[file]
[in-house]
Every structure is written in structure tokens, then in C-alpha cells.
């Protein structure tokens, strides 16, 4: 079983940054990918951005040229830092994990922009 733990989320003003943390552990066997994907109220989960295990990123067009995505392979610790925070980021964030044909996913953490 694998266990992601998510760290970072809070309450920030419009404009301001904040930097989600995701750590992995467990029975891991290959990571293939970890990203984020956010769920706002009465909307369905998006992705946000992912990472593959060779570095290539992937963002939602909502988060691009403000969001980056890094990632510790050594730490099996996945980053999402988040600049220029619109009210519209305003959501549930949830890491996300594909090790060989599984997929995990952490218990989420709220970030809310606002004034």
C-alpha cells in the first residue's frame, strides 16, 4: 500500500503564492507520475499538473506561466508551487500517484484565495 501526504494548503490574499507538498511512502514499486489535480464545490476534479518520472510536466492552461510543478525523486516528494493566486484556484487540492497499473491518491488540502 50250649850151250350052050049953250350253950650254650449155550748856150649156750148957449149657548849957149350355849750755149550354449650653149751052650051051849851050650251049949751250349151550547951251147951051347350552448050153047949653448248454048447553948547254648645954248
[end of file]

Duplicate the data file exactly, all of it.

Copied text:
[in-house]
Every structure is written in structure tokens, then in C-alpha cells.
């Protein structure tokens, strides 16, 4: 079983940054990918951005040229830092994990922009 733990989320003003943390552990066997994907109220989960295990990123067009995505392979610790925070980021964030044909996913953490 694998266990992601998510760290970072809070309450920030419009404009301001904040930097989600995701750590992995467990029975891991290959990571293939970890990203984020956010769920706002009465909307369905998006992705946000992912990472593959060779570095290539992937963002939602909502988060691009403000969001980056890094990632510790050594730490099996996945980053999402988040600049220029619109009210519209305003959501549930949830890491996300594909090790060989599984997929995990952490218990989420709220970030809310606002004034």
C-alpha cells in the first residue's frame, strides 16, 4: 500500500503564492507520475499538473506561466508551487500517484484565495 501526504494548503490574499507538498511512502514499486489535480464545490476534479518520472510536466492552461510543478525523486516528494493566486484556484487540492497499473491518491488540502 50250649850151250350052050049953250350253950650254650449155550748856150649156750148957449149657548849957149350355849750755149550354449650653149751052650051051849851050650251049949751250349151550547951251147951051347350552448050153047949653448248454048447553948547254648645954248